At the extremity of Venice are the Public Gardens laid out by Napoleon in 1807 who demolished several monasteries to be able to abtain space to build them using the _____ from the monasteries in their construction. They are almost 900 feet long and 300 feet wide planted with rows of Acacia, Sycamore and other shrubs.

The grounds afford full views of the City and the Lagoon just at sundown when the Venetian Chimes send their inspiring music far out on the waters from this City of the Sea the effect from these Gardens is out of great splendor and great enjoyment.

Below the Gardens and at the lower entrance of the Lagoon is the Lido or bathing place of the City a beautiful sandy beach running far along the shore reaching out into the sea reminding me somewhat of our own Revere Beach with Nahant in the distance.

Thatched huts are scattered every little way apart which are occupied by government soldiers who are daily on the watch for smugglers or anyone who break the laws. They are a fine class of men and are always ready and willing to impart information on any subject you desire. It is a beautiful place to spend the day and the view is perfectly lovely.

But Venice is not always the Same. It has its drawbacks and troubles as well as its joys and beauties as has all places.

I once witnessed a riot at the entrance of the Grand Canal one morning as I started out to work. As we reached the “Santa Marie del Saluta”. We found the Canal crowded with hundreds of boats blocking the entrances men and women had congregated on the Quay and were shouting and cheering at the top of their voices. They were destroying the Gondolas belonging to the Hotels going from one to another until all were destroyed.  The Hotel Proprietors had put on their own Gondolas and cut into the business of the regular Gondoliers.

Hence the riot and the destruction of the Hotel Keepers Gondolas some of which cost as high as 500 dollars each, one having 1500.00 Dollars and took the first prize at Vienna. Now I saw a crowd of gatherers at the Palace of the Dodges and coming from the Piazzetta as it came near I found it was the Mayor and a body of Gendarmes.  He had a wide red sash across his breast and came within a short distance of where we were. He stood and read the “Riot Act” then gave orders to arrest the leaders about a dozen or more. The Officers drew their swords and ordered them to surrender. One of the Gendarmes placed his gun near a leaders head who unbuttoned his shirt placed his bare chest against the nozzle shook his hand in the Gendarmes face and dared him to fire.  It was the most dramatic thing I ever saw. I tried to get out but was so blocked up found it impossible to do so. The leaders soon gave up and under escort went ashore where they were tried and fined 400 dollars each and sent to jail for 15 days they served their sentences but the fines were never paid. The day they were liberated the City was draped in color and a general holiday and procession took place led by a band and escorted by hundreds of boats up and down the “Grand Canal” and the celebration was kept up long after midnight. The Gondoliers Won!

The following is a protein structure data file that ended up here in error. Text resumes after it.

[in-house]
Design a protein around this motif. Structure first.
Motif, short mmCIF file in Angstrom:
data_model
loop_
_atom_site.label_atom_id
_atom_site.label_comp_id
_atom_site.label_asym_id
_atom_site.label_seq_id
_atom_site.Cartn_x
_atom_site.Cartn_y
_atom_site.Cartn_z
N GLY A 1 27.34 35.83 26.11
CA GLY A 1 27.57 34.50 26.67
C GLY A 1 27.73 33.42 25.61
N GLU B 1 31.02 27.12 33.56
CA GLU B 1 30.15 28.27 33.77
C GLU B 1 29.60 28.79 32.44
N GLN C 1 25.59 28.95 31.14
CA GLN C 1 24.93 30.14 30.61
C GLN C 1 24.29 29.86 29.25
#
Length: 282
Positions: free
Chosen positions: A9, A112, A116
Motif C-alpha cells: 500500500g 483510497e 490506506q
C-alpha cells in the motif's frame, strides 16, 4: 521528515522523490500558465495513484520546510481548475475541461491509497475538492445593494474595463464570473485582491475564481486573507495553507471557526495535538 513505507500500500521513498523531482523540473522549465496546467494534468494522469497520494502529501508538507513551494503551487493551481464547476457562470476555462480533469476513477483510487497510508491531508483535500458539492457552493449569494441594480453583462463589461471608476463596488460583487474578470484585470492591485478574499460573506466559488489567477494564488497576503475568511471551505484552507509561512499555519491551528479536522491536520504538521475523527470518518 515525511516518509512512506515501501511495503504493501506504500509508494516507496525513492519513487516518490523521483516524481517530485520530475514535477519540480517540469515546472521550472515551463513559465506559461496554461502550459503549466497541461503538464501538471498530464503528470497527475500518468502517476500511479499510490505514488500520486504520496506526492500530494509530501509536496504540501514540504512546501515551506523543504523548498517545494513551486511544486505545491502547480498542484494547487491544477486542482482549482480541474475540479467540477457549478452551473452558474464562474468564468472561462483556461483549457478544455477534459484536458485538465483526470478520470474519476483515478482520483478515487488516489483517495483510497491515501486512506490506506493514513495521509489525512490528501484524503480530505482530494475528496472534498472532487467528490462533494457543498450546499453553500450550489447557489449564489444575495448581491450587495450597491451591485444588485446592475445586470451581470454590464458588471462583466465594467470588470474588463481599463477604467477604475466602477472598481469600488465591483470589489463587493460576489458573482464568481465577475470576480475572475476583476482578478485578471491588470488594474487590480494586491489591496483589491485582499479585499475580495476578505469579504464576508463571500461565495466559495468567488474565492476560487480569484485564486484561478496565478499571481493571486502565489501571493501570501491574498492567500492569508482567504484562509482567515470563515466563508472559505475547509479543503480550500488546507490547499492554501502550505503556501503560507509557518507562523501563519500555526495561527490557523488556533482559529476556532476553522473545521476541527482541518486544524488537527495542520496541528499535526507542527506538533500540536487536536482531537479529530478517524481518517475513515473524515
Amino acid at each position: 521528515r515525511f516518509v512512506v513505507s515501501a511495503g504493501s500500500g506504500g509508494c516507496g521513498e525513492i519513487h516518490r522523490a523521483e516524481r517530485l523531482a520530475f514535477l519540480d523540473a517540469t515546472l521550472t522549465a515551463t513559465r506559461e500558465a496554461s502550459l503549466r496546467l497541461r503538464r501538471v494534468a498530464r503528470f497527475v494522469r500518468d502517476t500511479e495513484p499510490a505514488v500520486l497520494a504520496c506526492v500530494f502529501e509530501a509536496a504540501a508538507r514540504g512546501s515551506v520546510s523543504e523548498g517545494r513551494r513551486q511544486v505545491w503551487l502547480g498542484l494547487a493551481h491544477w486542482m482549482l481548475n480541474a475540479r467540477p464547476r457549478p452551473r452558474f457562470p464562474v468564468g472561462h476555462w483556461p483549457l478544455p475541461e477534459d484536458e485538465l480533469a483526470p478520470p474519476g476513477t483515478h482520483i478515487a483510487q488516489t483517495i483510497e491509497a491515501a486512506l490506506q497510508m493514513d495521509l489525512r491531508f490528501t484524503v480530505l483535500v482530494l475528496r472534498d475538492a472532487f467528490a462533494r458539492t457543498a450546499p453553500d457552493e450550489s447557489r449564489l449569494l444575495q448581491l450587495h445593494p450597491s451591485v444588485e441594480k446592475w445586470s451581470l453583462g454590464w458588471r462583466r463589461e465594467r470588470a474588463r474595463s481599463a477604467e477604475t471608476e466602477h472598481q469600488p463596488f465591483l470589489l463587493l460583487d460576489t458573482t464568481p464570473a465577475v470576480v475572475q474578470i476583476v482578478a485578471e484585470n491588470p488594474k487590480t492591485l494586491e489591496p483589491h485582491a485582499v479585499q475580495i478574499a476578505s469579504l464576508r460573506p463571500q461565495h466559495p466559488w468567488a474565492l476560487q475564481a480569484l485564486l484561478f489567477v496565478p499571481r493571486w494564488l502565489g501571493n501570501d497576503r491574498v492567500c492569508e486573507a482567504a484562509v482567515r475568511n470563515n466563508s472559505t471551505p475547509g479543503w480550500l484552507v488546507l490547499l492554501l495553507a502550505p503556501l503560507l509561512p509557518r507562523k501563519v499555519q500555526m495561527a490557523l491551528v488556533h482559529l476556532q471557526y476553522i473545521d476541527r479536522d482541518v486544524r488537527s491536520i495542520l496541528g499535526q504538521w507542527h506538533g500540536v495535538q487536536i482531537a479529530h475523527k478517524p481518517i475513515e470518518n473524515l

My work from day to day was somewhat varied and nearly every morning as early as 5 o’ck I was on my way to study and sketch the beautiful sunrise effects as the [sun] cast their golden lights across the dark waters of the Lagoon and touched the tops of the many Palaces and Domes that rise above the White City the “Queen of the Adriatic”.

One of the pleasantest sails is up the “Giudecca Canal” the shipping port of Venice.  A very wide and long Canal the largest ships of all descriptions lay at anchor. Leaving we pass out and by the oldest and most ancient Palaces beautiful in their day, but now only memories of the past. They are also occupied by Fisherman and it is known as the fishery section of the Island of  Giudecca. Pass the churches of the Redentore and St Sebastian which contain some of the Master pieces of Italy and beneath the latter reprose the dust of Paul Veroneso + passing out from the Canal a short distance and we get a broad view of Mont Eugenia with its Snow capped peaks 50 to 75 miles away and in clear weather can be seen very plainly.

In retracing our way back in the afternoon as the sun is going down we now see the City in its beautiful golden lights bathed in a warm creamy haze St George’s like a beacon in the Sea with its reddish tower and dome sitting alone in the harbor once belonging to a supposed Benedictine Monastery and now used as an “Artillery Barrack”. Here the morning, noon and evening gun, is fired.  The building was cornered in 1560 and finished about 1575. We now meet the boats from Genoa and Trieste and Fisherman from the Adriatic returning at night with their beautiful Lateen Sails, ornamented prowes and weather beaten Sailors, The Ancient “Palace of the Dodges” with its Campanile rising far over the Piazzetta, its Bridge of Sighs and its prison Gondolas drawn up in line at its base and its colored striped ports all reflects its colors in the Bay and its many Islands stretching far out to sea, the distant Island of Murano where is manufactured the finest Glassware in the world, sold in every land.

The Santo Maria del Saluto with its rich appearance is also a picture one must see to appreciate. A great event took place shortly before I came away, which I would not have missed for anything. A Fete (?) Day when Venice was seen in all its glory in honor of the King.

Preparations had been going on for several days and now all was ready for the great affair.  The Harbor was full of shipping everything draped in the National Colors and every bit of color that could possibly be displayed was thrown from windows. Spires and every available spot which could be used. The people dressed in rich and gaudy dress, scarfs, tablecloths, handkerchiefs were hung from the windows of the Grand Canal. Till the whole City looked like one Massive Bouquet, Gondolas were moving in all directions with their rich colored brilliant suits. Guns were fired to greet the morning Sun as it rose far out over the Lido and threw its light over the Magnificent Scene and and contributing its quota of homage and beauty to the occasion. All is bustle and gaiety. A Fairy Pageant. A Floating Caravan. A City of Poetic fervor and Artistic Splendor. Allowing the fervor of its Patriotism and love of Country to express itself in honor of its King.